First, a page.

Malchow

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Malchow
Windmill in Malchow
Windmill in Malchow
Coat of arms of Malchow
Coat of arms
Malchow is located in Germany
Malchow
Malchow
Coordinates: 53°28′N 12°25′E / 53.467°N 12.417°E / 53.467; 12.417Coordinates: 53°28′N 12°25′E / 53.467°N 12.417°E / 53.467; 12.417
Country Germany
State Mecklenburg-Vorpommern
District Mecklenburgische Seenplatte
Municipal assoc. Malchow
Subdivisions 4
Government
 • Mayor Joachim Stein (Green Party)
Area
 • Total 44.60 km2 (17.22 sq mi)
Elevation 75 m (246 ft)
Population (2012-12-31)[1]
 • Total 6,572
 • Density 150/km2 (380/sq mi)
Time zone CET/CEST (UTC+1/+2)
Postal codes 17213
Dialling codes 039932
Vehicle registration MÜR
Website http://www.amt-malchow.de/
Town hall

Malchow (German pronunciation: [ˈmalço], Polish Malechow[2]) is a municipality in the Mecklenburgische Seenplatte district, in Mecklenburg-Western Pomerania, Germany.

Geography[edit]

It is situated on the river Elde, 25,5 km west of Waren, and 35 km north of Wittstock.

History[edit]

The site of Malchow was a center for Slavic paganism during the Middle Ages. It was sacked by Saxons during the 1147 Wendish Crusade against the Polabian Slavs.

The German town of Malchow, founded on an island between the Plauer See (Lake) and Fleesensee, was first mentioned in writing in 1147 and received a town charter under Schwerin Law in 1235.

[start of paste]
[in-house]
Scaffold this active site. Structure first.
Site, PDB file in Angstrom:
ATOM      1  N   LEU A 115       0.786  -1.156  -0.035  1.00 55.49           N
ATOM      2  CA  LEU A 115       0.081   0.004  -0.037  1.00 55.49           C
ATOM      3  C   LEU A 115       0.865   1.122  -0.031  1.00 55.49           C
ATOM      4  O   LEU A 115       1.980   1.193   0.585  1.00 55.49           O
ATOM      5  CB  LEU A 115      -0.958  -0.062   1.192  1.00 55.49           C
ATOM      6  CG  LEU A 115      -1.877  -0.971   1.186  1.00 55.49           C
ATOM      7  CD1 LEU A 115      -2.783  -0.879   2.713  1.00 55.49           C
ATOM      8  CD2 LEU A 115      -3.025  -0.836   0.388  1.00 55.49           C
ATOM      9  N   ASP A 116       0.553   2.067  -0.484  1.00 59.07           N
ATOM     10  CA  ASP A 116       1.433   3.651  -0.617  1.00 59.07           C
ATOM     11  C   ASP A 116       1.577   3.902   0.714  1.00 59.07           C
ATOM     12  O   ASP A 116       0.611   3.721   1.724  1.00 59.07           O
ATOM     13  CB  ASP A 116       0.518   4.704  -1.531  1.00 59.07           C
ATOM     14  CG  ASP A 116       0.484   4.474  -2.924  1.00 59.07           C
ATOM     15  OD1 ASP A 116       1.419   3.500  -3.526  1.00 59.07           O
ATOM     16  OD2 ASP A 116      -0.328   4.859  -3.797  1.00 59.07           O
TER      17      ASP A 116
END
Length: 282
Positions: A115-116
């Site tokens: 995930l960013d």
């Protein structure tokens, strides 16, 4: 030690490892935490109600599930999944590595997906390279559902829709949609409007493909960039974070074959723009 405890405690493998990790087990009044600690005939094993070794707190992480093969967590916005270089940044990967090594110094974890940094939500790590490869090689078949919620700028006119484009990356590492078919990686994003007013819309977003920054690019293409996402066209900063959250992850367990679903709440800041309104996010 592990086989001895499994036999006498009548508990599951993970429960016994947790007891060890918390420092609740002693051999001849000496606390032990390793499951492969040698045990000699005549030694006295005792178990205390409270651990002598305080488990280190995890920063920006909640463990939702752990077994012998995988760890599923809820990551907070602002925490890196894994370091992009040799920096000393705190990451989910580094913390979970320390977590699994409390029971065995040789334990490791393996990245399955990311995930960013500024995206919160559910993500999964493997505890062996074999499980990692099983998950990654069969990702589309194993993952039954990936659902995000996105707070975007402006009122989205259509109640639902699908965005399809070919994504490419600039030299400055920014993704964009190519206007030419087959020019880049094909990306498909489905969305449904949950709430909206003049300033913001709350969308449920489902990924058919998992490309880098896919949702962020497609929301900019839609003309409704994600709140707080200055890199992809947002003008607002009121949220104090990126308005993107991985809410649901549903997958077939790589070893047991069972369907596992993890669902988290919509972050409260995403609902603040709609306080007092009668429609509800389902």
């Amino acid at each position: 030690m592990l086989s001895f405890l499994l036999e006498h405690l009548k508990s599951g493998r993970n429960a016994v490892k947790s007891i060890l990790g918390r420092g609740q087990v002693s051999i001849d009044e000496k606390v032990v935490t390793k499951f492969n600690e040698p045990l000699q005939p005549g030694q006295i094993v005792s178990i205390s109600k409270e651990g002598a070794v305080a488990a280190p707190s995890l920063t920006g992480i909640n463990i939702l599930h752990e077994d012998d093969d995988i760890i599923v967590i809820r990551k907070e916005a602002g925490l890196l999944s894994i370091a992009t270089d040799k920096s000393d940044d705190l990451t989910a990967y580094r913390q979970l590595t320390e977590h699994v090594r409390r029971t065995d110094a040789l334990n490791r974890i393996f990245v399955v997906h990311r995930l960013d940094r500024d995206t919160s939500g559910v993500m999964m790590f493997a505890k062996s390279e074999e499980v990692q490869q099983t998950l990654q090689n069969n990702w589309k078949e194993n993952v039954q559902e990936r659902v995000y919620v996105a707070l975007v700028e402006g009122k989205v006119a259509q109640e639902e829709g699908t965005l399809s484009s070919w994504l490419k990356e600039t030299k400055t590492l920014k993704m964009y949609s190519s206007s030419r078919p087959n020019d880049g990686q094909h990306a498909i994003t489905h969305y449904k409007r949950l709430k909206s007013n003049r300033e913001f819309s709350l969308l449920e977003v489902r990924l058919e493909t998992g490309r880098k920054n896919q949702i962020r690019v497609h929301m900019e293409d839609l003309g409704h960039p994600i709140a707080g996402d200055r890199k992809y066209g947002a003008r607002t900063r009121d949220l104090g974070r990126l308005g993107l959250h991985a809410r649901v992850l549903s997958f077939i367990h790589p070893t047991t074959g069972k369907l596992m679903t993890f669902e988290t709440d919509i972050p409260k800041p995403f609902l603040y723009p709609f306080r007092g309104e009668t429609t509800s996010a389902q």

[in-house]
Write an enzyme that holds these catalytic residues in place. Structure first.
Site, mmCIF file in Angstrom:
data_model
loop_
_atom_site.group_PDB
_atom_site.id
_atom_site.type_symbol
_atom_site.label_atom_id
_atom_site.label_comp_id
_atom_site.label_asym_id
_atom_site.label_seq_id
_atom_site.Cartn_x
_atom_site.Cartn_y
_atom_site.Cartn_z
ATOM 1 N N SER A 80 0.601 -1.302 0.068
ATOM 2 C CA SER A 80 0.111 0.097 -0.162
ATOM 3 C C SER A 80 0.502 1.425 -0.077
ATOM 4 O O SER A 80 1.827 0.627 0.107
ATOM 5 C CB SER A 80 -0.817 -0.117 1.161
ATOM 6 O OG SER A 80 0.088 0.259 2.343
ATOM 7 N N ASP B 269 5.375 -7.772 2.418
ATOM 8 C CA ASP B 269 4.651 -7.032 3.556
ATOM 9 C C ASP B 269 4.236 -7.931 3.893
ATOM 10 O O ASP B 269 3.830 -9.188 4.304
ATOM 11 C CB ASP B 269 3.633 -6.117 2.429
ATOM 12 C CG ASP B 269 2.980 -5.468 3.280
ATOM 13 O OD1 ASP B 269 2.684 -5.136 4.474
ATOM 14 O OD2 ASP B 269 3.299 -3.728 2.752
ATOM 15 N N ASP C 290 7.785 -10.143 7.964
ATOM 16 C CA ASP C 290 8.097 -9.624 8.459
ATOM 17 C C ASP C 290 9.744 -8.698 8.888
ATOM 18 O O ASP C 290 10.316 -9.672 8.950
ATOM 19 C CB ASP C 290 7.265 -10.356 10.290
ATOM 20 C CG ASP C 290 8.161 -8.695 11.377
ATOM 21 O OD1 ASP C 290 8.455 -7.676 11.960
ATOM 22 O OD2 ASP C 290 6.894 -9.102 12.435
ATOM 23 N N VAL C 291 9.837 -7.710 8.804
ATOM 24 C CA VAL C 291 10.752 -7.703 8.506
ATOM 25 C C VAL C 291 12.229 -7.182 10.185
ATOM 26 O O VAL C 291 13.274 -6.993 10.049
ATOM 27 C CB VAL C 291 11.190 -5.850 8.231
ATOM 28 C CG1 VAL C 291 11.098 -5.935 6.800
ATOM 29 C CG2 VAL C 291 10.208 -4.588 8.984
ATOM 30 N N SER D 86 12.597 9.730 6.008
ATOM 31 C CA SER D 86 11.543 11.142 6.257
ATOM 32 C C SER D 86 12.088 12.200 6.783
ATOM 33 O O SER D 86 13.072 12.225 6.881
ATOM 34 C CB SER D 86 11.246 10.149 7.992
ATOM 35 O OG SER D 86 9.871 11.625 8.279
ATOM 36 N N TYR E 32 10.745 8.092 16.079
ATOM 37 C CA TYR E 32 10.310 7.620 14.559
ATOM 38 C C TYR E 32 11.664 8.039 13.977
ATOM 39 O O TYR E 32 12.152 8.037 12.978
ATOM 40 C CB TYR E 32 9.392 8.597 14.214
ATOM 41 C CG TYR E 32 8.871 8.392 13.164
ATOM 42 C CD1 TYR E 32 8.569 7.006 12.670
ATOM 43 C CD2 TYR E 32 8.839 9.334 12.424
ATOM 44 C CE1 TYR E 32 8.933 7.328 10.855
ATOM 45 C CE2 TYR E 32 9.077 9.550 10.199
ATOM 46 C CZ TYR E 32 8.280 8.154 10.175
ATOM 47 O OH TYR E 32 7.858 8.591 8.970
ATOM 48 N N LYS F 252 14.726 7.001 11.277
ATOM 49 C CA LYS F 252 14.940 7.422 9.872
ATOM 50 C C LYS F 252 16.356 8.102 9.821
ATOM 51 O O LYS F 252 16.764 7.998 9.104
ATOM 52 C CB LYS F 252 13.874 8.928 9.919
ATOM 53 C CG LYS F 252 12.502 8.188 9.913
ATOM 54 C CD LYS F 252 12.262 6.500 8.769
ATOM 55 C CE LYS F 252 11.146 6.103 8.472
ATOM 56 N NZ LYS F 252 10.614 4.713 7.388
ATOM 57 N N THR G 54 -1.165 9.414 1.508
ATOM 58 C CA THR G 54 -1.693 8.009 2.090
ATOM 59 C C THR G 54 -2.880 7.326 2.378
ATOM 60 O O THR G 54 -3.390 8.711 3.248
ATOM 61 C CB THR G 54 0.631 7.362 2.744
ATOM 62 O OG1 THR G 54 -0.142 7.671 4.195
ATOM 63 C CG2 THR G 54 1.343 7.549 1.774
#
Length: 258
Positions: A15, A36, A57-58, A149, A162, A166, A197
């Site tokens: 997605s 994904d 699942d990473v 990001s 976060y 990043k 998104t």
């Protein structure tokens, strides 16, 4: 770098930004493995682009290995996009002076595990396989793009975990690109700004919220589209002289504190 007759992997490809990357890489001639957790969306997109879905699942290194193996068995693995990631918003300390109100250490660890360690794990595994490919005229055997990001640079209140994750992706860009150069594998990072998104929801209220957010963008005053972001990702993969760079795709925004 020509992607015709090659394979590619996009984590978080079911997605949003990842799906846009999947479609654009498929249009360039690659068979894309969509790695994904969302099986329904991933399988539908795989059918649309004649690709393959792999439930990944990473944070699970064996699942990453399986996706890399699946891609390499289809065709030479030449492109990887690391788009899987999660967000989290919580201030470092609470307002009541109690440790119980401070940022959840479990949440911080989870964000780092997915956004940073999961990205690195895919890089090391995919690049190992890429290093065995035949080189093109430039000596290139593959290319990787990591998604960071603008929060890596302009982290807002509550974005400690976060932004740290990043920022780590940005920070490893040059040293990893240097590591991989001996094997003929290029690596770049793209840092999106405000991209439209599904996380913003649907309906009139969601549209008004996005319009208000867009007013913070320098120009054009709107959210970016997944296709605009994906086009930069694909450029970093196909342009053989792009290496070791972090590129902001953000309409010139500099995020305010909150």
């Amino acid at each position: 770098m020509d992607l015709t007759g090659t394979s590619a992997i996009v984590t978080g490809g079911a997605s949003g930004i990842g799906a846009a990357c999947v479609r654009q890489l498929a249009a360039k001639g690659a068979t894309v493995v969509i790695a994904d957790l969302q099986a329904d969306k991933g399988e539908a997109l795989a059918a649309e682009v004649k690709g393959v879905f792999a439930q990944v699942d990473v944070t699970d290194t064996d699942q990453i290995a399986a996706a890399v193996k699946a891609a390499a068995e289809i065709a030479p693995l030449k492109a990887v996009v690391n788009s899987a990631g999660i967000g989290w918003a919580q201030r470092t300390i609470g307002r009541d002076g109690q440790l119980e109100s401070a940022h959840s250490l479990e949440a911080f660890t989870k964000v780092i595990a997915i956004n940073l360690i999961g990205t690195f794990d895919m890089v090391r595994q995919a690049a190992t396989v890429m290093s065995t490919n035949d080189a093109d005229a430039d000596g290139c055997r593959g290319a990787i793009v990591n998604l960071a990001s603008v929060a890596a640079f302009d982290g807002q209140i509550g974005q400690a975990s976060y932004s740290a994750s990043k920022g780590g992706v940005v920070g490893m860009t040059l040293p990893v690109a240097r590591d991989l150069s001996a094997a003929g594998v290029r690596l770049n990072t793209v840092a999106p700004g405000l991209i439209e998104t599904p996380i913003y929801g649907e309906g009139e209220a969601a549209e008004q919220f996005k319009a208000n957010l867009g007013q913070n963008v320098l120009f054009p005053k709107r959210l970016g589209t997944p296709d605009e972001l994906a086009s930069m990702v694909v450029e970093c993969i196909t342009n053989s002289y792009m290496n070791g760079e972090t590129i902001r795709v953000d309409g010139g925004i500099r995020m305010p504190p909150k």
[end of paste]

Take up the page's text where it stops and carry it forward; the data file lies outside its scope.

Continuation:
Malchow Abbey

In 1298, Malchow Abbey, a Cistercian nunnery, moved to the south shore of the Malchower See, opposite the island. Over several following centuries, the town expanded to the mainland in the northwest, to which the original settlement was linked by a succession of bridges, and gradually this mainland settlement came to predominate.

A munitions factory of the Alfed Nobel Co. was established in Malchow in 1938, during the Nazi period, and during World War II hundreds of prisoners of war and also women and children were used as forced labor there. In 1943, the Ravensbrück concentration camp extended to Malchow, and during the next two years many inmates, including numerous Hungarian Jewish women, lost their lives there under appalling conditions.

After the war, Soviet Occupation authorities accused some 30 teen-aged Malchow residents of anti-Soviet activities, and 12 of these eventually lost their lives in Soviet captivity or were executed.

After the reunification of Germany in 1990, the historic town center of Malchow was extensively restored. Today the former Cistercian abbey houses the Mecklenburg Organ Museum.

Natural environment[edit]

The town is surrounded by the lakes of the Mecklenburgische Seenplatte and the woods of the Müritz National Park.

References[edit]

  1. ^ "Bevölkerungsstand der Kreise, Ämter und Gemeinden in Mecklenburg-Vorpommern 31.12.2012". Statistisches Amt Mecklenburg-Vorpommern (in German). 14 August 2013. 
  2. ^ S. Kozierowski, 1934. Atlas nazw geograficznych Słowiańszczyzny Zachodniej. Poznań: Nauka i Praca.

External links[edit]

Media related to Malchow at Wikimedia Commons